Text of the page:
The 2004 New American Home broke new ground in its design and construction, bringing a single-family loft concept to the suburbs and employing a combination of insulated concrete forms (ICFs), steel framing and structural insulated panels (SIPs).
The design program manifested in a 4,755-square-foot, three-level, contemporary courtyard plan … including a below-grade, walk-out level that was surprisingly light and housed myriad luxury and occasional features, such as a pair of guest suites, a conditioned wine cellar with an adjacent mini-kitchen, and a home theater. The main level contained a galley kitchen and concealed butler’s pantry, with only an island separating it from a dining area and the courtyard beyond through a wall of patio doors; a few steps down, a wide-open multi-purpose space exemplified to loft concept, opening to a lakeside dock and an outdoor kitchen. The upstairs featured a similar, if smaller, flex space adjacent to the master suite; a pair of terraces extended from either end of the upper-floor plan and were finished with a copper-clad railing system. An elevator served the entire house, enabling the owners to age in place.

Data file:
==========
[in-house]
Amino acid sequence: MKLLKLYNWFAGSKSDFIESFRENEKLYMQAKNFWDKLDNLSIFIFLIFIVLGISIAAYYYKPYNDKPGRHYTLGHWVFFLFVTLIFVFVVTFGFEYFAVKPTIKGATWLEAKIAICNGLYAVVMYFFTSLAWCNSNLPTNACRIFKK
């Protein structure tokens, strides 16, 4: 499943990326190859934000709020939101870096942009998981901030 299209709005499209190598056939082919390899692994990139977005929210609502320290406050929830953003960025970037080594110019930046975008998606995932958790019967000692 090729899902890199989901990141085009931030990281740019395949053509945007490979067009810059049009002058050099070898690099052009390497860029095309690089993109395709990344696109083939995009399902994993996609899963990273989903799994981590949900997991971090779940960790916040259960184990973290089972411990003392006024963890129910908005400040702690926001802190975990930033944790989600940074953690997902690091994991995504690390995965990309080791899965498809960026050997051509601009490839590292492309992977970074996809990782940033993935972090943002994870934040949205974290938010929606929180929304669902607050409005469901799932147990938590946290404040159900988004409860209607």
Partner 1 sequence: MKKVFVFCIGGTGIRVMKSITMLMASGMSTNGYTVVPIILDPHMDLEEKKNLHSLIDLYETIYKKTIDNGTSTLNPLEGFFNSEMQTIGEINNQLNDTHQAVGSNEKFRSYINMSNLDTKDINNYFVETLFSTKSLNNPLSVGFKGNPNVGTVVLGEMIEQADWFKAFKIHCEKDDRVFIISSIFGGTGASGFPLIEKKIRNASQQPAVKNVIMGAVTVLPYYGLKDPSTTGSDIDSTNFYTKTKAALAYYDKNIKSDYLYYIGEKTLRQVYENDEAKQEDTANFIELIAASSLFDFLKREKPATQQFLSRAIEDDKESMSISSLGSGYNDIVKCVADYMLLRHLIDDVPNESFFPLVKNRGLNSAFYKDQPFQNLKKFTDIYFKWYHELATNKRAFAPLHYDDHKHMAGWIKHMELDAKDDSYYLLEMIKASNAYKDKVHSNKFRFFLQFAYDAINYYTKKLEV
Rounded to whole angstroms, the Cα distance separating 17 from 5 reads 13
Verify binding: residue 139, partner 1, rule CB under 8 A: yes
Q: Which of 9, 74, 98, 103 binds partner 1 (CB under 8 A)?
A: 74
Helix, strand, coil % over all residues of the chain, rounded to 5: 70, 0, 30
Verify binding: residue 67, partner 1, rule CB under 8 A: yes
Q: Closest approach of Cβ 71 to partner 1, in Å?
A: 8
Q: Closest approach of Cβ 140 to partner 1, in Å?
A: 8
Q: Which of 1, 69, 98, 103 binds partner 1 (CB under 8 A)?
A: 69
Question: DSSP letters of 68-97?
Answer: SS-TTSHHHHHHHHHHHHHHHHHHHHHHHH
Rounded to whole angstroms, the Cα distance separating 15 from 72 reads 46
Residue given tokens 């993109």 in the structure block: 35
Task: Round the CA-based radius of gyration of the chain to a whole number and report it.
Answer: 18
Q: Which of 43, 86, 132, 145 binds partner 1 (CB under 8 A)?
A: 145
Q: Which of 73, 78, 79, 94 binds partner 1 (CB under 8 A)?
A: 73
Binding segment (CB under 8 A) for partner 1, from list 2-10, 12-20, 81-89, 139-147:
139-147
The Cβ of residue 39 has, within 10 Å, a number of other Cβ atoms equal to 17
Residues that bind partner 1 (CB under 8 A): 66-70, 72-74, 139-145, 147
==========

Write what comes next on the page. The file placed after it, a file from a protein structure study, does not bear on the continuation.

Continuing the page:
Though ICFs had been used to build the 1994 house, they returned a decade later to serve as the home’s below- and main-level wall structure. Structural and light-gauge steel framed the upper level and the interior walls throughout, while SIPs created an insulated, low-sloped roof. All three systems, but especially the ICFs and SIPs, were credited with saving labor costs and cycle time and mitigating potential moisture problems; they also anchored the home’s exceptional rating under the federal Energy Star program. Among other innovations: a patio door that closed to a corner for a near-seamless effect; a suspended patio paver system that enabled drainage off of the courtyard; and a commercial-grade garage door with translucent panels.
Builder/Designer: Merlin Contracting & Developing, Las Vegas; Architectural Consultant: Food for Buildings, Den Haag, Holland; Architect of Record: Willem Kymmell Architecture, Oregon House, Calif.; Interior Merchandisers: Source Francaise, Oregon House, and Jiun Ho Inc., San Francisco.
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The master suite featured a second whirlpool tub on its private terrace, overlooking the lake.